This reproduction of the famous Delacroix self-portrait appears on the cover of an exhibition catalog entitled, Concerning Delacroix and Jules Breton, apropos of a special exhibition of their work at the galleries of M. Knoedler and Company (1888), which appears in the Knoedler & Co. Exhibition Catalogs collection. The catalog begins with this adulatory assessment of Delacroix’s significance, “If we may say, with an acute contemporaneous critic, that Delacroix represents the supreme, the last, and the highest manifestation of the French genius in the domain of art…” This is how many 19th-century critics viewed Delacroix, as we will see again later in the post.

In the Metropolitan Museum of Art Publications collection, we have a 200-plus page 1991 exhibition catalog, Eugène Delacroix (1798-1863): paintings, drawings, and prints from North American collections:


This catalog features essays by art historian and Delacroix specialist Lee Johnson, as well as many reproductions of Delacroix’s work.

From the Rare Books in The Metropolitan Museum of Art Libraries collection, we have Catalogue of celebrated paintings by great French masters, brought to this country from Paris, for exhibition only (1887), which includes a lengthy biographical sketch of Delacroix. It too begins with an adulatory assessment of the artist: “Ferdinand Victor Eugène Delacroix, the greatest, noblest, and most illustrious painter of the French school of the nineteenth century…”


Finally, in the Auction Catalogs collection, we have Catalogue de sculptures originales: terres cuites, platres, bronzes groupes, statuettes, bustes, médaillons, esquisses, tableaux et dessins par J.-B. Carpeaux, dessins par Eug. Delacroix (1913), in which a number of Delacroix drawings were being auctioned.


Delacroix, like several artists in the Digital Collections, appears in a number of different collections, from exhibition catalogs in the Metropolitan Museum of Art Publications, the Knoedler & Co. Exhibition Catalogs, and the Rare Books in The Metropolitan Museum of Art Libraries collections, to auction catalogs in our Auction Catalogs collection. We will try to “connect the Collections” in future posts as well, focusing on artists and subjects represented in a number of different collections within the Digital Collections.

Knoedler and Company Exhibition Catalogs

We recently completed scanning 898 catalogs and checklists published by Knoedler & Company between 1869 and 1946, comprising almost 14,000 pages of content. Below is the cover from a 1926 exhibition catalog on wax portraits by Ethel Frances Mundy:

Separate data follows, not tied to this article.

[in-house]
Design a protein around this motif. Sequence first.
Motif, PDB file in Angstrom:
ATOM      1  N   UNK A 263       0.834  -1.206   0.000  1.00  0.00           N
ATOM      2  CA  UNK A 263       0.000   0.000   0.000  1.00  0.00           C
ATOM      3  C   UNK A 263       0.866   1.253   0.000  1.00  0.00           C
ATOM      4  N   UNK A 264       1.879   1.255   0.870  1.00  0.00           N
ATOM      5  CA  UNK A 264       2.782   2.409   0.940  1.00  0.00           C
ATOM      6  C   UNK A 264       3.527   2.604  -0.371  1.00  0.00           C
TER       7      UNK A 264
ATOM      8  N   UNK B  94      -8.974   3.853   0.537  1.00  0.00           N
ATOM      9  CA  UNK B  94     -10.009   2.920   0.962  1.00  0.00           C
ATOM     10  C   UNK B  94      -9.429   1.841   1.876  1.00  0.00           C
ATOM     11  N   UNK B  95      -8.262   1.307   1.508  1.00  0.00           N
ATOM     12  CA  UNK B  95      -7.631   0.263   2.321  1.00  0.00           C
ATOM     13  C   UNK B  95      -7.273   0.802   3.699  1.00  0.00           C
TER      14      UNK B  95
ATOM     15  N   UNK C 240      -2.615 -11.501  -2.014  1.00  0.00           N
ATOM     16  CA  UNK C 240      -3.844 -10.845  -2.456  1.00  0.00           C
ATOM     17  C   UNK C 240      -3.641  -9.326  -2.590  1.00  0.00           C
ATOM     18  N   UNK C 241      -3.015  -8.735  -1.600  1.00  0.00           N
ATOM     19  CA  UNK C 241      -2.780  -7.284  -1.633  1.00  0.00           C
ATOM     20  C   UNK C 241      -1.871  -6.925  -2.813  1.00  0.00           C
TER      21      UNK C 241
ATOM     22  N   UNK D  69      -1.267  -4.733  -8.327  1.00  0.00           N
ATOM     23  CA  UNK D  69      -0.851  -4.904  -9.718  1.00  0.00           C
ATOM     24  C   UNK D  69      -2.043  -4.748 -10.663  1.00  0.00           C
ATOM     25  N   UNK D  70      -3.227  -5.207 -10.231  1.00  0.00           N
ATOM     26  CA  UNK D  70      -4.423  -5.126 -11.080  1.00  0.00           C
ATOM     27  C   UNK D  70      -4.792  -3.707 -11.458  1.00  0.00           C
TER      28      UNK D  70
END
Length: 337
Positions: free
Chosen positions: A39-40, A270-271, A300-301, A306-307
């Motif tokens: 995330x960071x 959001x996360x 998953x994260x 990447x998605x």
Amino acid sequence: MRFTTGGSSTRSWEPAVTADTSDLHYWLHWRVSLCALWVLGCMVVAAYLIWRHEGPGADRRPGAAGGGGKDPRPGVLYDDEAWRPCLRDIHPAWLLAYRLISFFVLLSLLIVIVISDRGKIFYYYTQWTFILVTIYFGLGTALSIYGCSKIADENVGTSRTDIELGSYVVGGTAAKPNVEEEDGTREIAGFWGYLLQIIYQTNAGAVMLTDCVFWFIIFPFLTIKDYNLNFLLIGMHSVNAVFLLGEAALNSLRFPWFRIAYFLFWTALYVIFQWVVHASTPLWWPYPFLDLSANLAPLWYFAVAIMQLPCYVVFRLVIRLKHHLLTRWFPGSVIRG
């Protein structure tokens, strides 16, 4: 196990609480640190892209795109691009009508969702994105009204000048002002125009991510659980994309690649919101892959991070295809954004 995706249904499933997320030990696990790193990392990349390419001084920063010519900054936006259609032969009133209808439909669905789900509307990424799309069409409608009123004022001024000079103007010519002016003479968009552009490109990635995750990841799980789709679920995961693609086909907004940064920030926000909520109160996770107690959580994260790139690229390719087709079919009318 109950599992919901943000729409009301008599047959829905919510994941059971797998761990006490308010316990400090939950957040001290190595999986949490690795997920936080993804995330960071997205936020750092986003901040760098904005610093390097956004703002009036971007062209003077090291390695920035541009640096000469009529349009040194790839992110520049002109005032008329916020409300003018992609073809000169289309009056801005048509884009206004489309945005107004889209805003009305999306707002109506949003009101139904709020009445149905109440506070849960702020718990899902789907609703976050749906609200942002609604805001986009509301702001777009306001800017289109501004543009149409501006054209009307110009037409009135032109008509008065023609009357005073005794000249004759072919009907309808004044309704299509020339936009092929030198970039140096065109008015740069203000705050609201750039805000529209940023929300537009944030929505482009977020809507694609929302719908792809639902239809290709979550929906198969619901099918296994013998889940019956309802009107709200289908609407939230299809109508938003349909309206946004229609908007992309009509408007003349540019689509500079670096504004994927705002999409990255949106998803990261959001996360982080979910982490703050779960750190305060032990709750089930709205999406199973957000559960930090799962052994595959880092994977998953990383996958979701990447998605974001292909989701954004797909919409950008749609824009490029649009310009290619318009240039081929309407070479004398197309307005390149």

Knoedler & Company, established in the United States in 1857, was among the most important art dealers in New York City. Representing artists with an international scope, Knoedler’s strength was in exhibiting and selling contemporary art. For instance, five months after the death of legendary Swedish artist Anders Zorn, an exhibition of the artist’s work was held at Knoedler & Company (in January, 1921).  Featured below is a photograph from this catalog, with the caption “Anders Zorn, last photograph of the artist, died August 22nd, 1920”:


Following our successful collaboration with the Frick Art Reference Library on the Macbeth Gallery Exhibition Catalogs project, we worked with the Arcade libraries (Frick Art Reference Library, Brooklyn Museum Libraries and Archives, and the Museum of Modern Art Library) and Knoedler & Company to identify exhibition catalogs, pamphlets, and checklists in our collections to create a series that is as complete as possible. Here’s the cover of a 1936 Alexandre Iacovleff exhibition catalog from the Frick Art Reference Library:


More information on Knoedler & Company can be found through the Getty Research Institute, which has the Knoedler Gallery Archive. There’s also this article on The Getty Iris titled, “Treasures from the Vault: Knoedler, Mellon, and an Unlikely Sale,” that will be of interest to people curious to learn more about this important art dealer.

To browse all 898 items in the Digital Collections, click here.

Funding for this project was provided by the Lifchez-Stronach Preservation Fund for the Thomas J. Watson Library, The Metropolitan Museum of Art.

Written by William Blueher and Dan Lipcan